I made it
I honestly can’t remember the date of the last time I attempted to take my own life.
I’m sure it’s stored away up there in my brain somewhere. Compartmentalized into a box marked “Do Not Open” shoved under eight years-worth of back issues of Vanity Fair. But it is odd to me that I can’t remember it.
Because I’ve always been great at remembering numbers. My first address: 1434 Eaton Avenue. My best friend from grade school’s phone number: 773-6551. My social security number: … just kidding.
But that date isn’t readily available.
And it shouldn’t be, because that part of my life, I’m happy to say, holds no power over me now. No, it’s not unimportant. It’s necessary to mark lows with the highs to track where you’ve been, and I’ve used my story several times over the now more than three years since my last attempt to try to connect with people. To let people know they aren’t alone.
The dates I do remember in no particular order:
12.09.1993: The date I like to call my mother and my “friendiversary” (my birthday)
04.25.2019: The day I met my nieces for the first time.
10.11.2013: The day Kim, S and I went to see Wayne Brady, thus sparking a friendship that’s going on six years
The topic of my last attempt came to mind recently after I saw a production of Marsha Norman’s “night, Mother” at Wolf Pack Theater in Sandy. The play is two-woman, one-act comprising the last night of character Jessie’s life. Jessie, daughter of Thelma, has decided to kill herself. She suffers from epilepsy, has never been able to hold down a job, is divorced, lives with her mother and has just had enough.
Throughout the evening, Jessie prepares the house she shares with her mother as well as her mother for after she’s taken her life. She practically covers the kitchen in Post-It notes, refills her mother’s several candy dishes and stands her ground as her mother tries to fight to keep her alive.
Watching this play was by no stretch of the imagination easy for me, however, as a reviewer, I was able to keep myself somewhat removed from the situation playing out on stage until the last scene where Thelma sobs and wails and bangs on Jessie’s bedroom door, begging her to stay, only to be silenced by the sound of a gunshot.
I’ve been on the other side of that door. I fortunately was always stopped before I could act — the cries of my now ex-fiance usually triggered some maternal instinct in me, which made me prioritize helping him over escaping life.
And for those few moments in time I am exclusively glad to have failed. There’s nothing better to fail at than ending a life worth living, in my opinion.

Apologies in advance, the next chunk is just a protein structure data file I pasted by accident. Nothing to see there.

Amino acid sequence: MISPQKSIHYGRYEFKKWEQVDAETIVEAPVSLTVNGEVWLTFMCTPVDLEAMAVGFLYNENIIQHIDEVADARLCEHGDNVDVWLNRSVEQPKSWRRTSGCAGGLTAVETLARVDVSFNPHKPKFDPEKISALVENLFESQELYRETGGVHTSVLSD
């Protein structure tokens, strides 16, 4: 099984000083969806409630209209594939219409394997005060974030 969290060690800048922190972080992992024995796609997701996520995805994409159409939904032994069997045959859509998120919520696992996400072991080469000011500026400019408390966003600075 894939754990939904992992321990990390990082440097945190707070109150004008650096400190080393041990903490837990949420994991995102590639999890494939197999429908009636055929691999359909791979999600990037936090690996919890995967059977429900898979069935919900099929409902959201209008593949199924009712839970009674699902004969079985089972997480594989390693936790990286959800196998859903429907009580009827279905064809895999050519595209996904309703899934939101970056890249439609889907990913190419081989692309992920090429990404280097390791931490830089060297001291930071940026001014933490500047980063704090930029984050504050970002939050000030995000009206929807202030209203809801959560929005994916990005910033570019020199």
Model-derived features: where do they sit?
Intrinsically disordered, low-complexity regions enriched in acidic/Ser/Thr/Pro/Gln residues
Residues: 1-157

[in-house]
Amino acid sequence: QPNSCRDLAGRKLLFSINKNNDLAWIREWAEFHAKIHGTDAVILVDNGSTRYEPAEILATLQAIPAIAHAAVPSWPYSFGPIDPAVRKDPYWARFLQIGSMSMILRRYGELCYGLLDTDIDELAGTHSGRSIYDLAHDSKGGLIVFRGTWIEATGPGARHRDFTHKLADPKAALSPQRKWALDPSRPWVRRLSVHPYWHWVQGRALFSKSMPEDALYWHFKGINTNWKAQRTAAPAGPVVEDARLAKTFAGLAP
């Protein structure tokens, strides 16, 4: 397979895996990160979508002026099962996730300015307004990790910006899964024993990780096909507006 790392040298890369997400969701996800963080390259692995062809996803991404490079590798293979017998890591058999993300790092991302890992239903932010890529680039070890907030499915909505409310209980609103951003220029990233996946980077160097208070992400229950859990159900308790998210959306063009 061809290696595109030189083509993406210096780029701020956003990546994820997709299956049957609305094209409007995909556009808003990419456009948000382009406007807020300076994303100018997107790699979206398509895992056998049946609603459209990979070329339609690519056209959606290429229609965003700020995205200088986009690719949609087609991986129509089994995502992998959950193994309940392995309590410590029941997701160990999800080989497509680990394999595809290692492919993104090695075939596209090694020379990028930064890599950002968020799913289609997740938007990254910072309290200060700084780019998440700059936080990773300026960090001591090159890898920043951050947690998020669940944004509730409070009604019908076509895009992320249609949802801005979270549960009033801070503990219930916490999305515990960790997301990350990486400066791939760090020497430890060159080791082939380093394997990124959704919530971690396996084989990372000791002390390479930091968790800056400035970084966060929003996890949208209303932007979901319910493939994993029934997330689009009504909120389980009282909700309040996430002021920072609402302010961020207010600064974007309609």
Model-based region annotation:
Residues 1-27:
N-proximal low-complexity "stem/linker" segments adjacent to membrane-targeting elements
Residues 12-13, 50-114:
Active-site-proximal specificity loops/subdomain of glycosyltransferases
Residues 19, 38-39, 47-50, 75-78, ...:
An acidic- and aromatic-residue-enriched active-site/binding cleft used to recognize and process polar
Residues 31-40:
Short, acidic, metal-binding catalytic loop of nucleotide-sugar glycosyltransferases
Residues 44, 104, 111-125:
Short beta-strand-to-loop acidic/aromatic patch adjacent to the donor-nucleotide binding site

And it’s because of that belief that one line, above many, really struck me while watching “night, Mother.”
Jessie (played by Serah Pope) and Thelma (played by Karen Kalensky) are sitting at the kitchen table in one of the more subdued scenes of the play. Jessie recounts what she was like as a baby — learning new skills every day, full of life — and what that baby could’ve become.
“I am what became of your child,” Jessie says. “I found an old baby picture of me. And it was somebody else, not me. It was somebody pink and fat who never heard of sick or lonely, somebody who cried and got fed, and reached up and got held and kicked but didn't hurt anybody, and slept whenever she wanted to, just by closing her eyes. Somebody who mainly just laid there and laughed at the colors waving around over her head and chewed on a polka-dot whale and woke up knowing some new trick nearly every day and rolled over and drooled on the sheet and felt your hand pulling my quilt back up over me. That's who I started out and this is who is left. That's what this is about. It's somebody I lost, all right, it's my own self. Who I never was. Or who I tried to be and never got there. Somebody I waited for who never came. And never will. So, see, it doesn't much matter what else happens in the world or in this house, even. I'm what was worth waiting for and I didn't make it. Me … who might have made a difference to me...I'm not going to show up, so there's no reason to stay, except to keep you company, and that's...not reason enough because I'm not...very good company. Am I.”
“I'm what was worth waiting for and I didn't make it.”
While in the context of the play that line was devastating to hear, in the context of my own life I just remember thinking:
“I’m what was worth waiting for … and I DID make it.”
It’s in moments like these that I’m reminded not only of how far I’ve come but that for the simple reason that life begets art that life is especially worth living.
While other theater-goers I heard speak that night noted how the sadness of the play made them happy to be alive and fortunate to never have experienced such a situation, I was happy to be alive because I have experienced such a situation.
So here’s another date for the logs: 07.04.2018: Independence Day — commemoratively for the nation, and personally for me as a strong, independent woman who’d re-realized how fabulous she was all on her damn own.
That’s the date worth remembering. And the woman I am today, and will be tomorrow, was definitely worth waiting for.